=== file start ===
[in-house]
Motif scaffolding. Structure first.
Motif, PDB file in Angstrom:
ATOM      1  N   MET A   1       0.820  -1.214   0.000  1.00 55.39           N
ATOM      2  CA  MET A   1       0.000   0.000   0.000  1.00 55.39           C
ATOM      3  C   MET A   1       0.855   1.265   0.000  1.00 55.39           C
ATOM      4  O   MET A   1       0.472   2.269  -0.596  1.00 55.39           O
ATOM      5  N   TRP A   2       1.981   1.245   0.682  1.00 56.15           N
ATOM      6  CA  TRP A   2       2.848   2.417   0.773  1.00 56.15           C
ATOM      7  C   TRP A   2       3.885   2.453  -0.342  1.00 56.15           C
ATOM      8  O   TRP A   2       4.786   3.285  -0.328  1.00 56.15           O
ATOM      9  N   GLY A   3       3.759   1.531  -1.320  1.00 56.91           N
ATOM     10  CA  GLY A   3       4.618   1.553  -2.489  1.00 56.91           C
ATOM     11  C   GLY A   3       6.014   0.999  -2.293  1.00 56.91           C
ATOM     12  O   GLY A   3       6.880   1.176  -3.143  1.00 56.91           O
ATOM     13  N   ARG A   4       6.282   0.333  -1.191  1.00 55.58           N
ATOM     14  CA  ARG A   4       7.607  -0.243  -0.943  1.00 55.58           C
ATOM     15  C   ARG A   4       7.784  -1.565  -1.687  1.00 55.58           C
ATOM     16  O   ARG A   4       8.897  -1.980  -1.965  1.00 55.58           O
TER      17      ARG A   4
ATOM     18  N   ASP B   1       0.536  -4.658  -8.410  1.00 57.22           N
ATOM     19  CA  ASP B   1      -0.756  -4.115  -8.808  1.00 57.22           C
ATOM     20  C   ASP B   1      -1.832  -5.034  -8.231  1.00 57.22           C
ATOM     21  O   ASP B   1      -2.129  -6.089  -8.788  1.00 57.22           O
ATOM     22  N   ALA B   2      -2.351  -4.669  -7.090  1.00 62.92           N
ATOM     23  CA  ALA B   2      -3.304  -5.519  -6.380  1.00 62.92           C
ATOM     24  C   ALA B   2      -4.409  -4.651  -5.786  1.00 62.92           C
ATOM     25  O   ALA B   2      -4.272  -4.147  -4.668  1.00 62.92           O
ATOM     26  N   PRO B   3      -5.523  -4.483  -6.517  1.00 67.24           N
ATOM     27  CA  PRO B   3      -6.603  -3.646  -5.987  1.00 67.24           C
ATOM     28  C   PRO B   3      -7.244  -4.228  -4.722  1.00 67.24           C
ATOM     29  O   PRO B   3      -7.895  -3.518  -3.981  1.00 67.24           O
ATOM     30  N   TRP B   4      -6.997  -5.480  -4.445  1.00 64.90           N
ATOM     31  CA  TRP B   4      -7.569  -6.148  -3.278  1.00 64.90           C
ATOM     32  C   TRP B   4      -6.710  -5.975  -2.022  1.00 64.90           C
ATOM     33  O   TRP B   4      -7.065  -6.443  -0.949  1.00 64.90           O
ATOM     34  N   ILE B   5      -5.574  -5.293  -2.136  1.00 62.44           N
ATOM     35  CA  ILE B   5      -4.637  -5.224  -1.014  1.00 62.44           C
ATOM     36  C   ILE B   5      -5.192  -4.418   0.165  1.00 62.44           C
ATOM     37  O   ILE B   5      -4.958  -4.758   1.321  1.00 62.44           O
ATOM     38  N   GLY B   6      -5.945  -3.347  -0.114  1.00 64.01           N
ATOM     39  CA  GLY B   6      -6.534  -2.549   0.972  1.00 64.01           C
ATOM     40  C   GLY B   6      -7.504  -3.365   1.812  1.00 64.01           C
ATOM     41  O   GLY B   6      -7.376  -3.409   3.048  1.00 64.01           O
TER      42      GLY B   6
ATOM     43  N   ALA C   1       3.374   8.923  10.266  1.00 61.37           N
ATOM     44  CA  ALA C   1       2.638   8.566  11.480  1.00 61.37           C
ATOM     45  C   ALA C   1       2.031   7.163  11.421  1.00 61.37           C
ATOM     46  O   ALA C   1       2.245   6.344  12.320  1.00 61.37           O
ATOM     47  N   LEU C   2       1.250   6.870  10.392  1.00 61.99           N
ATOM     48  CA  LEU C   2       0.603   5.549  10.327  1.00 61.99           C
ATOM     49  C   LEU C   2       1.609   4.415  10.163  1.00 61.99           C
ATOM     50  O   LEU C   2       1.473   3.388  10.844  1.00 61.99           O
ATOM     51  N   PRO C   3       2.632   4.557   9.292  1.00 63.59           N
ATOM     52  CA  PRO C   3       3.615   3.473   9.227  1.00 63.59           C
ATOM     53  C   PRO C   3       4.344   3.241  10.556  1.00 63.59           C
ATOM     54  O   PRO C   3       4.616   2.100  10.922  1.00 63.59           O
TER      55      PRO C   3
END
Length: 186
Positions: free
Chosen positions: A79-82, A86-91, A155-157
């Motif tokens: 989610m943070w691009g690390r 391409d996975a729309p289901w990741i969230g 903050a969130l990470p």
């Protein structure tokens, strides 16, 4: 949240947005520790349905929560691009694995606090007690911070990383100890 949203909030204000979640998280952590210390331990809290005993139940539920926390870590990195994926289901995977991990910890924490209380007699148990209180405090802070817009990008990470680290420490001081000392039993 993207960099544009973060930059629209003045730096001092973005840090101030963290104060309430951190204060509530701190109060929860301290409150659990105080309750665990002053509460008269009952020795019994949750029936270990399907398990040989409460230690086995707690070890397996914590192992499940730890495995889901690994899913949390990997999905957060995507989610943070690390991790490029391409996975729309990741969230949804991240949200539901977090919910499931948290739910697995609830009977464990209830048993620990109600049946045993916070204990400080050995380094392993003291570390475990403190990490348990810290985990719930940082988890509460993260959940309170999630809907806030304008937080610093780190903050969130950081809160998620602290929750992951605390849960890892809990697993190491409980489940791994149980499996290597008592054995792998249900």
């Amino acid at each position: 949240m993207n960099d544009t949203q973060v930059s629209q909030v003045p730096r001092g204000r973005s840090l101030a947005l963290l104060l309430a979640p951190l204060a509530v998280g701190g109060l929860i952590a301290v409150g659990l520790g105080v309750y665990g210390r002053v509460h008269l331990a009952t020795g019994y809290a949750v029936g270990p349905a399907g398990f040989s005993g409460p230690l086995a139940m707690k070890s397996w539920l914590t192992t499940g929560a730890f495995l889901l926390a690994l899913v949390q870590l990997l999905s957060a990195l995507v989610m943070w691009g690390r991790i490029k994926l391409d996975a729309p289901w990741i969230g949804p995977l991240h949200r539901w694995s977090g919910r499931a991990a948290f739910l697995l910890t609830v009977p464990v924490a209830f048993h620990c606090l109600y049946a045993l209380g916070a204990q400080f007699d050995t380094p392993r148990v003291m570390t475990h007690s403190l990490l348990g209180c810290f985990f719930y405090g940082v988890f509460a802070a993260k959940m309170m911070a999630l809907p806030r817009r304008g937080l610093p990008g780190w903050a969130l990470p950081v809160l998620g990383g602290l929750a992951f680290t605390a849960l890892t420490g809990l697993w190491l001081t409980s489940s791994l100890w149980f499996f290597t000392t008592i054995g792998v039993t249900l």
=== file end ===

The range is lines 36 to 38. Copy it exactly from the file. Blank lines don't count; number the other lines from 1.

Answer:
ATOM     33  O   TRP B   4      -7.065  -6.443  -0.949  1.00 64.90           O
ATOM     34  N   ILE B   5      -5.574  -5.293  -2.136  1.00 62.44           N
ATOM     35  CA  ILE B   5      -4.637  -5.224  -1.014  1.00 62.44           C